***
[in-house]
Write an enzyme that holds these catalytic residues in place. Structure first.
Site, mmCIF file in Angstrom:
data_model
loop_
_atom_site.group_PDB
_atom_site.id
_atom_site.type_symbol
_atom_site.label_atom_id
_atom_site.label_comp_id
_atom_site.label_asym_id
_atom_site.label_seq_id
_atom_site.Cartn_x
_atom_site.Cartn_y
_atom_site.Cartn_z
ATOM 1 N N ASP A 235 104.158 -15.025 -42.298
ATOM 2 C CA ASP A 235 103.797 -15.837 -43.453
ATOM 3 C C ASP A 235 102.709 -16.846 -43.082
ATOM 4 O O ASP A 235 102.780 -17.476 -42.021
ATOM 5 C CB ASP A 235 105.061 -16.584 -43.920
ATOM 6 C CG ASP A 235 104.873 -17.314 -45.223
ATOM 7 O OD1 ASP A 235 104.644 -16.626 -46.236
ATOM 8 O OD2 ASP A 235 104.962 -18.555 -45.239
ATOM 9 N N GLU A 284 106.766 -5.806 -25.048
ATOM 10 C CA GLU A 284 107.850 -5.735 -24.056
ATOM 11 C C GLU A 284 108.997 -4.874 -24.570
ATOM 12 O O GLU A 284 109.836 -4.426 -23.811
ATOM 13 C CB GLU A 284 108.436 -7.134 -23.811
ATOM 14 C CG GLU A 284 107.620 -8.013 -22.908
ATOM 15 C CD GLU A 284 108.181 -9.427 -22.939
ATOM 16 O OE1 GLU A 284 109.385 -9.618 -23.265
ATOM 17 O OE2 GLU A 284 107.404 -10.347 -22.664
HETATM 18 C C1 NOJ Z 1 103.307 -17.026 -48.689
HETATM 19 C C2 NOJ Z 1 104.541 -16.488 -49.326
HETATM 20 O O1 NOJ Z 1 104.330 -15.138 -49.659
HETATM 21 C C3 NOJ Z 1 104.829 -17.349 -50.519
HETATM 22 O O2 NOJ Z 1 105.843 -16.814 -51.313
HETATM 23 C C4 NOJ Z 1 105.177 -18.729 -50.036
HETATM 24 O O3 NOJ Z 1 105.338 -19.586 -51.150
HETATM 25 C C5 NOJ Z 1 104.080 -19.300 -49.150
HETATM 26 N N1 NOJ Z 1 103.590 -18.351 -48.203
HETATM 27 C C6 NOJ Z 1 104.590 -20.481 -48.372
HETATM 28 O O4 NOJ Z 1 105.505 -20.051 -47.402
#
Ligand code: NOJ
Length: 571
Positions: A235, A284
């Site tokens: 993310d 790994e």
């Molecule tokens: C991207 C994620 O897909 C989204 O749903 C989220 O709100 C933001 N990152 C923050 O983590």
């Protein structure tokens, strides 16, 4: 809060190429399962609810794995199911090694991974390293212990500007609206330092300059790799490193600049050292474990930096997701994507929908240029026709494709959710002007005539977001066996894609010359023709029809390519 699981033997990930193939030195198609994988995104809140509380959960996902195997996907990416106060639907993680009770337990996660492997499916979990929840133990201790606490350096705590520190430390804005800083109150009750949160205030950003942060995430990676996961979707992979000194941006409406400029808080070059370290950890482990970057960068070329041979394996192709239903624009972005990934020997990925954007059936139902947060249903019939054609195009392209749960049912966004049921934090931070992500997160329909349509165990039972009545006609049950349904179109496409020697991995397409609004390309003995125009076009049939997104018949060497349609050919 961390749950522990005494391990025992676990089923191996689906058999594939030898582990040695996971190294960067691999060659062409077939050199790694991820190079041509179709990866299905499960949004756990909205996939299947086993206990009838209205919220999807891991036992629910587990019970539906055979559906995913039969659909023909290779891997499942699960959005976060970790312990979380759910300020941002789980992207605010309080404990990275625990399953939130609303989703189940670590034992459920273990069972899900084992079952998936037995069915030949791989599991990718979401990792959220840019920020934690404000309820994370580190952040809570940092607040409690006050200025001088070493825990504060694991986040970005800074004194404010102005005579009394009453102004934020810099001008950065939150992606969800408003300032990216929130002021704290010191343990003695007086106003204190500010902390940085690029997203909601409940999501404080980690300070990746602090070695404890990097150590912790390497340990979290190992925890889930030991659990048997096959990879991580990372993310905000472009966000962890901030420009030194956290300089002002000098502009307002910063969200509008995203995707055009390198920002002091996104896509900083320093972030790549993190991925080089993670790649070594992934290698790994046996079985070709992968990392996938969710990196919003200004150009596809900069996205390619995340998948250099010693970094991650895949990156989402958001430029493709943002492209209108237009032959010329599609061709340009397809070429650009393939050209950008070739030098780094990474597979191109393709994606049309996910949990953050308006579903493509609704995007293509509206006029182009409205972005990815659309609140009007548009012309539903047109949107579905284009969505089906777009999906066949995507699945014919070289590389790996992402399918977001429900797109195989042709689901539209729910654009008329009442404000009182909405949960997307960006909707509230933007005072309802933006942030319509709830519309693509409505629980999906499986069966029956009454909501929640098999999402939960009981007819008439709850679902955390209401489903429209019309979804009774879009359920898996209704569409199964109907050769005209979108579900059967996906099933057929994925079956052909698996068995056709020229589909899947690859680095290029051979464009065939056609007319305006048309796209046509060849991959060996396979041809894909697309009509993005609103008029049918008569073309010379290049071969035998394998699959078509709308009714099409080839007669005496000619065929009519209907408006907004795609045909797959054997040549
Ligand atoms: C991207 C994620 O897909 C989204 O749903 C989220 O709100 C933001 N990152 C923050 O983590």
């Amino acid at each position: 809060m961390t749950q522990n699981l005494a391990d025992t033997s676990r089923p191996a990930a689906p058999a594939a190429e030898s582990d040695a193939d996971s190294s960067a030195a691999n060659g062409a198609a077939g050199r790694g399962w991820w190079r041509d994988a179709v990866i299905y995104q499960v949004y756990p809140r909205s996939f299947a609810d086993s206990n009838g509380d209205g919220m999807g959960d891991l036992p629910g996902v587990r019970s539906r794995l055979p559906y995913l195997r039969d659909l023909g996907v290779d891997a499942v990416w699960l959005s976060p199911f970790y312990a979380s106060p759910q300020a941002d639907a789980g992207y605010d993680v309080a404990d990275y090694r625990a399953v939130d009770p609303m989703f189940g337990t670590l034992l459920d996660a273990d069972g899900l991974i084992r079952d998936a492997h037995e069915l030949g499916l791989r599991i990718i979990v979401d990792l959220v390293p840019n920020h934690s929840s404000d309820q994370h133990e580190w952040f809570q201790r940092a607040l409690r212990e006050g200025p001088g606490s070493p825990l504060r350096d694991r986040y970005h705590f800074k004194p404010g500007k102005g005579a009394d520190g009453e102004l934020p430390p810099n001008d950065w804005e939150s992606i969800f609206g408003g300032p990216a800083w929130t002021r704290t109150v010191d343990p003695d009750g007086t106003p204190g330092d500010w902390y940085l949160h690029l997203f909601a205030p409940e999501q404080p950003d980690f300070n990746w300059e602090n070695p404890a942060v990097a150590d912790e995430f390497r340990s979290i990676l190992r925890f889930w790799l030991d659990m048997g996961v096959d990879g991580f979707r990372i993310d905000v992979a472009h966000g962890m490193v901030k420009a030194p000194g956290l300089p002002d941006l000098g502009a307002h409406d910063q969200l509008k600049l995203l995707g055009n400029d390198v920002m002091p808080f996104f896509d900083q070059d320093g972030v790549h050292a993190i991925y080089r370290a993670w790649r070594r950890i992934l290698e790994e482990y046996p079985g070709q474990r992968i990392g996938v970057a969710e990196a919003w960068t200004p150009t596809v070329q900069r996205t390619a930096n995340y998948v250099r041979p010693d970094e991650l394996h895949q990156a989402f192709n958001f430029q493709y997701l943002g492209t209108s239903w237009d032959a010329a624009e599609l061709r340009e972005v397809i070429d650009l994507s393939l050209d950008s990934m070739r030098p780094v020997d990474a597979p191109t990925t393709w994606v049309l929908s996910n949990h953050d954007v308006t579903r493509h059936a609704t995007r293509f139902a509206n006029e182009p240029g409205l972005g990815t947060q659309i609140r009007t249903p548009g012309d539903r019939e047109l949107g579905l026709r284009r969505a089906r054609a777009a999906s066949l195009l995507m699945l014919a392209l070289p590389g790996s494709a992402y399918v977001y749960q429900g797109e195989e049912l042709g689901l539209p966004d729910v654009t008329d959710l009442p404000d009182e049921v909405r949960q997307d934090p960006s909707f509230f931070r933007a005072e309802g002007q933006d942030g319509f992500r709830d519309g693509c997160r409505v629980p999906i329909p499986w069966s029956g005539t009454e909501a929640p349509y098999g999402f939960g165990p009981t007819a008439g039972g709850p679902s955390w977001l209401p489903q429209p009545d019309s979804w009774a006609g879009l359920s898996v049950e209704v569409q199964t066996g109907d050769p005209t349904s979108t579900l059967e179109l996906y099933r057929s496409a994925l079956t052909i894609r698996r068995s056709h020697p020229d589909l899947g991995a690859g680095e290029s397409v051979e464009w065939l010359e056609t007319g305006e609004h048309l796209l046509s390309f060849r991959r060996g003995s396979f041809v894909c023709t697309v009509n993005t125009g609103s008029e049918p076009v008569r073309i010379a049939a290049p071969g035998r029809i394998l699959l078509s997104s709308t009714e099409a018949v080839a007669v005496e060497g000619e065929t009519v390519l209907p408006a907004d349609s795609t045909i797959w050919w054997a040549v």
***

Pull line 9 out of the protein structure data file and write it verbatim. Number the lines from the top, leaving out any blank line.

_atom_site.label_atom_id